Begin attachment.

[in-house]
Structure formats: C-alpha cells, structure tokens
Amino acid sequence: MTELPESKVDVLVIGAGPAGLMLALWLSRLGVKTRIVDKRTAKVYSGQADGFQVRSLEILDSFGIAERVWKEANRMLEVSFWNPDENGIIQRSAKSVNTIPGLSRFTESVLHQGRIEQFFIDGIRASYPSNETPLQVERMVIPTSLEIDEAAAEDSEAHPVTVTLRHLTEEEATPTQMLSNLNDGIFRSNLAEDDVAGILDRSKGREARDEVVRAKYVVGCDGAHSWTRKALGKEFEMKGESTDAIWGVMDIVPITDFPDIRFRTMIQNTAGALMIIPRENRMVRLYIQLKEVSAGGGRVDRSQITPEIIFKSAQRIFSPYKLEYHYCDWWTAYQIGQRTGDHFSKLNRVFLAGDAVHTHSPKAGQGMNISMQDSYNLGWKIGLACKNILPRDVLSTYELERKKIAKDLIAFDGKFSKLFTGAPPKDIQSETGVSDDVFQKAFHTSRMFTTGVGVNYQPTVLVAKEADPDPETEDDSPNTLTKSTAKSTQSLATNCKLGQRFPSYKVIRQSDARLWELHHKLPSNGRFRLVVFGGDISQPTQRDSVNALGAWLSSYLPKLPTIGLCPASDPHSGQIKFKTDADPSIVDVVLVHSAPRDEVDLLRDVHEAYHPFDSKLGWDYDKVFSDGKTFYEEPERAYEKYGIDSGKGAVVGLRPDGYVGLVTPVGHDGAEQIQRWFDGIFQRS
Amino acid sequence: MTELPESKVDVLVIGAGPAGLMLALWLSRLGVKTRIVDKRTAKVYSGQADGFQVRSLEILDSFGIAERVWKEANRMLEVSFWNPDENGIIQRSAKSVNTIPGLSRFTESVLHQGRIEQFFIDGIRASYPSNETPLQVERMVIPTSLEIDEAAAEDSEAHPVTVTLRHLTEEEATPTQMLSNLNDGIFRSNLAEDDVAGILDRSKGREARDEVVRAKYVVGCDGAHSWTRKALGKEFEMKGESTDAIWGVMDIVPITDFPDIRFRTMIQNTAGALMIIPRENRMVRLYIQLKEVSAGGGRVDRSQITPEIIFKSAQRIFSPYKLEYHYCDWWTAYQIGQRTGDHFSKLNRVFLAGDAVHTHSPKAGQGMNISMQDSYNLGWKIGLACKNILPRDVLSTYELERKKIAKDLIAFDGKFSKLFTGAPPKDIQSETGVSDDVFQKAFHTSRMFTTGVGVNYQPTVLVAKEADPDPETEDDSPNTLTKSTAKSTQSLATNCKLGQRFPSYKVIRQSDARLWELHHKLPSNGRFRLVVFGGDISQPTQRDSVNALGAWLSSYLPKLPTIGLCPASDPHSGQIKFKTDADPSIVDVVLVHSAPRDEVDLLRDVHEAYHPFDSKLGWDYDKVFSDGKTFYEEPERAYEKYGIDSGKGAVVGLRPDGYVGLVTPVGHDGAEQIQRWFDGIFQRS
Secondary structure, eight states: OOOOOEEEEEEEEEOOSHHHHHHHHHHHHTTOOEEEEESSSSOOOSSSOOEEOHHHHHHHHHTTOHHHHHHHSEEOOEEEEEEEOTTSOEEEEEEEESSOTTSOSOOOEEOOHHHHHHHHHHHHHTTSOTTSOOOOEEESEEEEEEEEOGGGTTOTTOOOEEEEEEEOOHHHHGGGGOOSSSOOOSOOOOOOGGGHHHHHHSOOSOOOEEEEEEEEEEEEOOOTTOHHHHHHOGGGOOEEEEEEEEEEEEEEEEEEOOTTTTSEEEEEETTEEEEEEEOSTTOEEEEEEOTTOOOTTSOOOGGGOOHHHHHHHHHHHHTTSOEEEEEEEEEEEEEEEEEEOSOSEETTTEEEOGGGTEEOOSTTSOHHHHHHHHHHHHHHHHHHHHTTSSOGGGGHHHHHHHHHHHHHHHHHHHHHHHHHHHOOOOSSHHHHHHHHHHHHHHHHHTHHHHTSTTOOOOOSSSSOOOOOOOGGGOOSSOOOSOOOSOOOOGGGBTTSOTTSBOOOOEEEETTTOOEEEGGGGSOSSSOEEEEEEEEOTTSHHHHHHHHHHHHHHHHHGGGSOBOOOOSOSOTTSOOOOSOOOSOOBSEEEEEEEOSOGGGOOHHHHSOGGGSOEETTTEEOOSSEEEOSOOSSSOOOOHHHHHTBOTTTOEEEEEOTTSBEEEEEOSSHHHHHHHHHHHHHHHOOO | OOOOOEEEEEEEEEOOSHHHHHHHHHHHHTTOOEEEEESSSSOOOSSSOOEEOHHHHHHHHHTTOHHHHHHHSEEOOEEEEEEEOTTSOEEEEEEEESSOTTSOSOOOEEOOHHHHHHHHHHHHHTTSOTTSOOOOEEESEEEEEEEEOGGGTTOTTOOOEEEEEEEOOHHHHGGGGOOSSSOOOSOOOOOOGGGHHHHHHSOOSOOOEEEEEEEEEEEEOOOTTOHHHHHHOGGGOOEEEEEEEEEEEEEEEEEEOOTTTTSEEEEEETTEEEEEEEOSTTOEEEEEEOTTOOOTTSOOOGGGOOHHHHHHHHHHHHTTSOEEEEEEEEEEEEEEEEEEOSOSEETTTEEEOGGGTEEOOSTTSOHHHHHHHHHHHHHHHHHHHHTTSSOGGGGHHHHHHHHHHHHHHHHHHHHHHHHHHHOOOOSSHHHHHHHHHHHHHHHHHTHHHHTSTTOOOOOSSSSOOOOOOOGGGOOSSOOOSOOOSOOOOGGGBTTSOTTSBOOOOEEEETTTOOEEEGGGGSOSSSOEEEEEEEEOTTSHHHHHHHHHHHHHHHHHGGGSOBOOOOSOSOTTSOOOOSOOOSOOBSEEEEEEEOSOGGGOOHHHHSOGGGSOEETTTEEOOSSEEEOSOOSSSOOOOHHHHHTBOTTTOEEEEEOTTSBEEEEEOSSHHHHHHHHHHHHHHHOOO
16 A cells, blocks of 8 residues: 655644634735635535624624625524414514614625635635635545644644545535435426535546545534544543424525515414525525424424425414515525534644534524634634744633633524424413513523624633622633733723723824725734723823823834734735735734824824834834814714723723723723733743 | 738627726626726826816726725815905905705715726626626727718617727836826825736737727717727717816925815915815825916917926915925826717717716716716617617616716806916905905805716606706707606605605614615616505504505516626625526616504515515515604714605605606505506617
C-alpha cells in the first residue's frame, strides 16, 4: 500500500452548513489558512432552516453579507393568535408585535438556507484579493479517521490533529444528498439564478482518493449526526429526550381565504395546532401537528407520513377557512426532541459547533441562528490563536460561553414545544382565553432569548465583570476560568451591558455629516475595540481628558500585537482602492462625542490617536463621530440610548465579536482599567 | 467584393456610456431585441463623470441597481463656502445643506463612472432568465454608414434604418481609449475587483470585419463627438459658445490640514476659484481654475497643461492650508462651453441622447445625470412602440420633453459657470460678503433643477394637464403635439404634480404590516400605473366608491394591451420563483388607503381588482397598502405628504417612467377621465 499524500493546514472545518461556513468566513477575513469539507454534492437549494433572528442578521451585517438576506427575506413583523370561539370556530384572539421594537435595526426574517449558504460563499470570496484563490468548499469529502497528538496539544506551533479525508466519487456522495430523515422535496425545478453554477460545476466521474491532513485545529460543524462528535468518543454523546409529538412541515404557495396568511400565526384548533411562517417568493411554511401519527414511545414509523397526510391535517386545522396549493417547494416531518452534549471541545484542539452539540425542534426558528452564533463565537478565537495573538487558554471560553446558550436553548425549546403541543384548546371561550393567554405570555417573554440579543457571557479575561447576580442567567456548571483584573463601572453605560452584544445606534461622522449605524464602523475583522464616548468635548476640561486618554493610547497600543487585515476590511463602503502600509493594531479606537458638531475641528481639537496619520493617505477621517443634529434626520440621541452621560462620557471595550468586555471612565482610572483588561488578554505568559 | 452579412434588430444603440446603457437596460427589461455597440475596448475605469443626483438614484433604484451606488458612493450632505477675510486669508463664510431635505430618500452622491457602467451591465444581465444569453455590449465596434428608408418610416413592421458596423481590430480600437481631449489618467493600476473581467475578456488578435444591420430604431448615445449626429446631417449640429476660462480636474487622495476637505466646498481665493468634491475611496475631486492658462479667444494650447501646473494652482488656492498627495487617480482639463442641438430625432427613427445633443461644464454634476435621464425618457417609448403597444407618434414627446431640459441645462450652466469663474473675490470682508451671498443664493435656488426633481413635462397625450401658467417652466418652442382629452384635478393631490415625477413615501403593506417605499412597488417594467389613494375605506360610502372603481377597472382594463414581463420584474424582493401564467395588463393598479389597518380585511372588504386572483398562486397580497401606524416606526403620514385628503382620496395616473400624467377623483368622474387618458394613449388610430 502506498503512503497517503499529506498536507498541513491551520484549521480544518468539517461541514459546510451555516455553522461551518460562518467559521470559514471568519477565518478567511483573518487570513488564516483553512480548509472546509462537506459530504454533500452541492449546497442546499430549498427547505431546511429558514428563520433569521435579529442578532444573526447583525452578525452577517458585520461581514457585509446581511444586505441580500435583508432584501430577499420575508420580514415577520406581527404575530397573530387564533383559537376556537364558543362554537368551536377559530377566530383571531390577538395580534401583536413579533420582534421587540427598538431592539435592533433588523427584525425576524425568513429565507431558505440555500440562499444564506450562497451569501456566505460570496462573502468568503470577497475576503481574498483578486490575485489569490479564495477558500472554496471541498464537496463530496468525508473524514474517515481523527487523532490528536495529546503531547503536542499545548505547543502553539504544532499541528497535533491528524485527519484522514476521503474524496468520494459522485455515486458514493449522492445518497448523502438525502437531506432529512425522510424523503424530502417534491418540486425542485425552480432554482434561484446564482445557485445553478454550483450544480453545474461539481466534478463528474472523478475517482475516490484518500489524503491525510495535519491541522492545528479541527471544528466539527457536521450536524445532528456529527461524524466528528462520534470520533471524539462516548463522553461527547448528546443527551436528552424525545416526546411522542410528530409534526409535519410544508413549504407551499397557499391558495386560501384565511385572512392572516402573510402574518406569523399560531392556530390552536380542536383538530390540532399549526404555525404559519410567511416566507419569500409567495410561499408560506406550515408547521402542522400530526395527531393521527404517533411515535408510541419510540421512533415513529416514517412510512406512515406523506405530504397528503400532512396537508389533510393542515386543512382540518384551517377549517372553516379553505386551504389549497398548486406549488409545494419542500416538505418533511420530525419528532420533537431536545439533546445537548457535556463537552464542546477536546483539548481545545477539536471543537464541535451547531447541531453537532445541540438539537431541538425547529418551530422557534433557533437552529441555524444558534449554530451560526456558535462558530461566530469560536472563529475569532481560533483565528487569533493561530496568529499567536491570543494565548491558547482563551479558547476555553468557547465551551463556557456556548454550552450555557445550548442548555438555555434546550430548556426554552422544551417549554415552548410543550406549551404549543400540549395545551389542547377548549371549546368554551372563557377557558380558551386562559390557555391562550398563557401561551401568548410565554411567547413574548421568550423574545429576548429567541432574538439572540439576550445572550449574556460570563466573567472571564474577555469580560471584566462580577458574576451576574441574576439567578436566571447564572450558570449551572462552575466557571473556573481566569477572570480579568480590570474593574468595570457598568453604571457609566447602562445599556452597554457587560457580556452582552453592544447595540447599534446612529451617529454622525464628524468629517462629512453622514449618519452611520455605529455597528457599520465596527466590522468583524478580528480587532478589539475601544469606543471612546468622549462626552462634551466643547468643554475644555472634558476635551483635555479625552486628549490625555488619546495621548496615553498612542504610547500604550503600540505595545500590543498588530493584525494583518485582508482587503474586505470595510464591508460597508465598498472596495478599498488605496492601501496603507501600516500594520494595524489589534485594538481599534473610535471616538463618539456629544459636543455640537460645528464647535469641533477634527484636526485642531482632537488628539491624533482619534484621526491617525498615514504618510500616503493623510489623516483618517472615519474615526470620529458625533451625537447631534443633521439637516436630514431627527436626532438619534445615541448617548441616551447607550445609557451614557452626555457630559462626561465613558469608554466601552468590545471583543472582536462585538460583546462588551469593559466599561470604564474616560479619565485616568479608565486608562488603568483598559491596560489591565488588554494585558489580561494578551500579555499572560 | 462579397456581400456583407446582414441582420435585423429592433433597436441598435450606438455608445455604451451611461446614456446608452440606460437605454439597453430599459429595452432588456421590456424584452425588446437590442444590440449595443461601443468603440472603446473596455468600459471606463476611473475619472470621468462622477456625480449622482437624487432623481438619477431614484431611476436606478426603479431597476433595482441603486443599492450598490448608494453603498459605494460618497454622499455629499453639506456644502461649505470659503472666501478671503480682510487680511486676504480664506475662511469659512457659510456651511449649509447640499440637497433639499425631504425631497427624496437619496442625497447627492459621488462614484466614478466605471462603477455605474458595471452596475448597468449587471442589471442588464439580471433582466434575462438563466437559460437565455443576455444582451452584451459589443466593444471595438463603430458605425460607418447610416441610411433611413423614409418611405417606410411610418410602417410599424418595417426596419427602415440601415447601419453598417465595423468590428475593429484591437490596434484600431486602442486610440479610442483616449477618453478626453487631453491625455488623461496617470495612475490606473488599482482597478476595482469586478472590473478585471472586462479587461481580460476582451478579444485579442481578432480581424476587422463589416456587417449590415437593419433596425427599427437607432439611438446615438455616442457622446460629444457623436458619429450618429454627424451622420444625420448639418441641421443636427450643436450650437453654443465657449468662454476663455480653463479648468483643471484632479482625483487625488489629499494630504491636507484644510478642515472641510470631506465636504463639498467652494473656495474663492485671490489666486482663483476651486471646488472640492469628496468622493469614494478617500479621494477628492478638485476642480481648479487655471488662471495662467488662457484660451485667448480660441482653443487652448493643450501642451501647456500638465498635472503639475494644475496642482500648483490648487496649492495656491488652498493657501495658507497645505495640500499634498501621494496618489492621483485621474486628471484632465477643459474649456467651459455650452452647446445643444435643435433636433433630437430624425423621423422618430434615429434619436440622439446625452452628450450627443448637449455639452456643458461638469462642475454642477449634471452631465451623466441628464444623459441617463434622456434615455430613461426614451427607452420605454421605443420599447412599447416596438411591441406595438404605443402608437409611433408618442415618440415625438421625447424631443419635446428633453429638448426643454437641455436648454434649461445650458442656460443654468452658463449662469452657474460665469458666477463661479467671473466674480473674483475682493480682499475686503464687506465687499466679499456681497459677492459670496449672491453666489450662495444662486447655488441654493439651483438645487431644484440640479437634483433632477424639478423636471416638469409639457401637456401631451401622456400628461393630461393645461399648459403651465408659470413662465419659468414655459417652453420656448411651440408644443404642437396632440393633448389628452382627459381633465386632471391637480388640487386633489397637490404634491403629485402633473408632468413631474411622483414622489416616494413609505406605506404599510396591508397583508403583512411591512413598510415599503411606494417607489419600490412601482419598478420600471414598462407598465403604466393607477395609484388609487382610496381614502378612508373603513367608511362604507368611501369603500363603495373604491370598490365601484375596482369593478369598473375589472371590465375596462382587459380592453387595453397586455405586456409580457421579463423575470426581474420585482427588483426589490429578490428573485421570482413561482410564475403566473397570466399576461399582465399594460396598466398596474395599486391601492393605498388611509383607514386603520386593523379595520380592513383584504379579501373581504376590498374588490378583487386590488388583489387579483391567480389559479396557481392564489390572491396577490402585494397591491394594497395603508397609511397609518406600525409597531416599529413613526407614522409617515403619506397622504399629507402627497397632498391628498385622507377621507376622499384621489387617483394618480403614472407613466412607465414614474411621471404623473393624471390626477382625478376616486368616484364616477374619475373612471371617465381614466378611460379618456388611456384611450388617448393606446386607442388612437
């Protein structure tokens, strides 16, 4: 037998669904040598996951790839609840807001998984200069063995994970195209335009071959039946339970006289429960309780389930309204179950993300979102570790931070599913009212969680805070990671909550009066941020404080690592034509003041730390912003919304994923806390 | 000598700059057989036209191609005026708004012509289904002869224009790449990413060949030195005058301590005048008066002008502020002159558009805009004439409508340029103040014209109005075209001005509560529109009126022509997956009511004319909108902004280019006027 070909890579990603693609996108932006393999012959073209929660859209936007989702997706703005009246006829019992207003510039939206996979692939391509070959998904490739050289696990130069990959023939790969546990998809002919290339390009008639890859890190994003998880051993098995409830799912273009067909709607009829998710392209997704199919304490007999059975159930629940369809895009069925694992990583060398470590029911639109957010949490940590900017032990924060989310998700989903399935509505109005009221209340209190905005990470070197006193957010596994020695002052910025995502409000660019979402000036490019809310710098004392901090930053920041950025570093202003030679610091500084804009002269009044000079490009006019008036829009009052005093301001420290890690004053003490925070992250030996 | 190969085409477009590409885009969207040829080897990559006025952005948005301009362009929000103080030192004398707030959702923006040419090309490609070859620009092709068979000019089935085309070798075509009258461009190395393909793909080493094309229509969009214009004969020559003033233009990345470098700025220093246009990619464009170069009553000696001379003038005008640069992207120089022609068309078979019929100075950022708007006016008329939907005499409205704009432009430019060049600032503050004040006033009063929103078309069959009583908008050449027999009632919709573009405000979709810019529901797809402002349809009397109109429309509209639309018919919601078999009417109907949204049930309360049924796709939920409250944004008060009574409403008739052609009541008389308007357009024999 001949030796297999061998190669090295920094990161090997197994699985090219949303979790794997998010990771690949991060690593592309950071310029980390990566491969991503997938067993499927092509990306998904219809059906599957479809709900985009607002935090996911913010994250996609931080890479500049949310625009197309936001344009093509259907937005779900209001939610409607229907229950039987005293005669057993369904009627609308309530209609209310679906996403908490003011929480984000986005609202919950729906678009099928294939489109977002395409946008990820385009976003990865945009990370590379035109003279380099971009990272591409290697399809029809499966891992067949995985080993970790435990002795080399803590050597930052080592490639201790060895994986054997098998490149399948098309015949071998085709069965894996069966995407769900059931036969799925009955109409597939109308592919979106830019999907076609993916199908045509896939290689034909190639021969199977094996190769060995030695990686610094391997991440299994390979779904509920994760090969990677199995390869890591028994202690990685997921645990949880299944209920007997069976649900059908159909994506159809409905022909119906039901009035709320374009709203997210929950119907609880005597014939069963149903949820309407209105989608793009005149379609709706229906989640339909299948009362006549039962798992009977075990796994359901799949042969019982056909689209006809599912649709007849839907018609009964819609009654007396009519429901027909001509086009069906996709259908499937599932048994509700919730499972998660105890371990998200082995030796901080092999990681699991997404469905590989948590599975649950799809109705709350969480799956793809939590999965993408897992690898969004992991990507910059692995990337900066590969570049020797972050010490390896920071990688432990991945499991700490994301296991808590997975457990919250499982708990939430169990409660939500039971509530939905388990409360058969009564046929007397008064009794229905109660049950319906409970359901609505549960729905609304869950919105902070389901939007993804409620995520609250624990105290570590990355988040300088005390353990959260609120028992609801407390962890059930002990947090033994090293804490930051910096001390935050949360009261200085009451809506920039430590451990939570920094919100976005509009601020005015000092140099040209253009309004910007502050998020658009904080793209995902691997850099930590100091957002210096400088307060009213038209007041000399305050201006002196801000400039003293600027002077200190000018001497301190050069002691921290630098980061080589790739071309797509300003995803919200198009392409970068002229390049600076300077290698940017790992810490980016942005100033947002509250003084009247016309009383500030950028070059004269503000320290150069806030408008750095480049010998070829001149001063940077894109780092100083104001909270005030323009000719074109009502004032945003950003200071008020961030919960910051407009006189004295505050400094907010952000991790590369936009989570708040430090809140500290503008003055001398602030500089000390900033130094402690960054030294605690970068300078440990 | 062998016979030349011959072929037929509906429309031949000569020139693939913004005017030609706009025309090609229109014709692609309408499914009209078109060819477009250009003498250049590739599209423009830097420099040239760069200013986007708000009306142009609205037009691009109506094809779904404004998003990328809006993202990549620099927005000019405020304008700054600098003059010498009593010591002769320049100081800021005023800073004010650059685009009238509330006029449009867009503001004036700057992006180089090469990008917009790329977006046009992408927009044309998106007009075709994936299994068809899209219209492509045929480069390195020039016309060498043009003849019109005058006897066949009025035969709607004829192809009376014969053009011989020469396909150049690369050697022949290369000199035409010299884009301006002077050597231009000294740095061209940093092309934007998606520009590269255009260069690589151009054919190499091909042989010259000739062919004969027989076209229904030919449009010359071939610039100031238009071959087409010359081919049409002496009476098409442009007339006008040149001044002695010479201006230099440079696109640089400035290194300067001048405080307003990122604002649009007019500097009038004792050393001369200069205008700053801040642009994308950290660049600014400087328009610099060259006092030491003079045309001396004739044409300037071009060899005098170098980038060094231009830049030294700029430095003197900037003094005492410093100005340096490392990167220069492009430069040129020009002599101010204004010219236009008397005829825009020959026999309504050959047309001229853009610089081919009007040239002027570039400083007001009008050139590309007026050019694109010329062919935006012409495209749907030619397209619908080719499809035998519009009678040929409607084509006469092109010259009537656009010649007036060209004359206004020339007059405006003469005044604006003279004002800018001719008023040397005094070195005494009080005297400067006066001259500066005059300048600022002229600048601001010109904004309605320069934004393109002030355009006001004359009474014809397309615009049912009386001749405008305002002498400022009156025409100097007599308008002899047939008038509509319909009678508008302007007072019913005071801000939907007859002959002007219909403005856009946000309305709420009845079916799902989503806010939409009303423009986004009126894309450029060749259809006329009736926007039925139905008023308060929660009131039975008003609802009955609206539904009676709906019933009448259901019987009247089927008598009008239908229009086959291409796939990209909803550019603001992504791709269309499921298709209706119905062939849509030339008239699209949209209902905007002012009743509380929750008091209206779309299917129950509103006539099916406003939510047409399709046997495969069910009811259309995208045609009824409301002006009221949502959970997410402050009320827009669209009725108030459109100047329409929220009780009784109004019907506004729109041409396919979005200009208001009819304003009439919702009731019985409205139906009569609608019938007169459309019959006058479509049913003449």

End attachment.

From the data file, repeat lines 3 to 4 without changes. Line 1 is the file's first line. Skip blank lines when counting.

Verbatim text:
Amino acid sequence: MTELPESKVDVLVIGAGPAGLMLALWLSRLGVKTRIVDKRTAKVYSGQADGFQVRSLEILDSFGIAERVWKEANRMLEVSFWNPDENGIIQRSAKSVNTIPGLSRFTESVLHQGRIEQFFIDGIRASYPSNETPLQVERMVIPTSLEIDEAAAEDSEAHPVTVTLRHLTEEEATPTQMLSNLNDGIFRSNLAEDDVAGILDRSKGREARDEVVRAKYVVGCDGAHSWTRKALGKEFEMKGESTDAIWGVMDIVPITDFPDIRFRTMIQNTAGALMIIPRENRMVRLYIQLKEVSAGGGRVDRSQITPEIIFKSAQRIFSPYKLEYHYCDWWTAYQIGQRTGDHFSKLNRVFLAGDAVHTHSPKAGQGMNISMQDSYNLGWKIGLACKNILPRDVLSTYELERKKIAKDLIAFDGKFSKLFTGAPPKDIQSETGVSDDVFQKAFHTSRMFTTGVGVNYQPTVLVAKEADPDPETEDDSPNTLTKSTAKSTQSLATNCKLGQRFPSYKVIRQSDARLWELHHKLPSNGRFRLVVFGGDISQPTQRDSVNALGAWLSSYLPKLPTIGLCPASDPHSGQIKFKTDADPSIVDVVLVHSAPRDEVDLLRDVHEAYHPFDSKLGWDYDKVFSDGKTFYEEPERAYEKYGIDSGKGAVVGLRPDGYVGLVTPVGHDGAEQIQRWFDGIFQRS
Amino acid sequence: MTELPESKVDVLVIGAGPAGLMLALWLSRLGVKTRIVDKRTAKVYSGQADGFQVRSLEILDSFGIAERVWKEANRMLEVSFWNPDENGIIQRSAKSVNTIPGLSRFTESVLHQGRIEQFFIDGIRASYPSNETPLQVERMVIPTSLEIDEAAAEDSEAHPVTVTLRHLTEEEATPTQMLSNLNDGIFRSNLAEDDVAGILDRSKGREARDEVVRAKYVVGCDGAHSWTRKALGKEFEMKGESTDAIWGVMDIVPITDFPDIRFRTMIQNTAGALMIIPRENRMVRLYIQLKEVSAGGGRVDRSQITPEIIFKSAQRIFSPYKLEYHYCDWWTAYQIGQRTGDHFSKLNRVFLAGDAVHTHSPKAGQGMNISMQDSYNLGWKIGLACKNILPRDVLSTYELERKKIAKDLIAFDGKFSKLFTGAPPKDIQSETGVSDDVFQKAFHTSRMFTTGVGVNYQPTVLVAKEADPDPETEDDSPNTLTKSTAKSTQSLATNCKLGQRFPSYKVIRQSDARLWELHHKLPSNGRFRLVVFGGDISQPTQRDSVNALGAWLSSYLPKLPTIGLCPASDPHSGQIKFKTDADPSIVDVVLVHSAPRDEVDLLRDVHEAYHPFDSKLGWDYDKVFSDGKTFYEEPERAYEKYGIDSGKGAVVGLRPDGYVGLVTPVGHDGAEQIQRWFDGIFQRS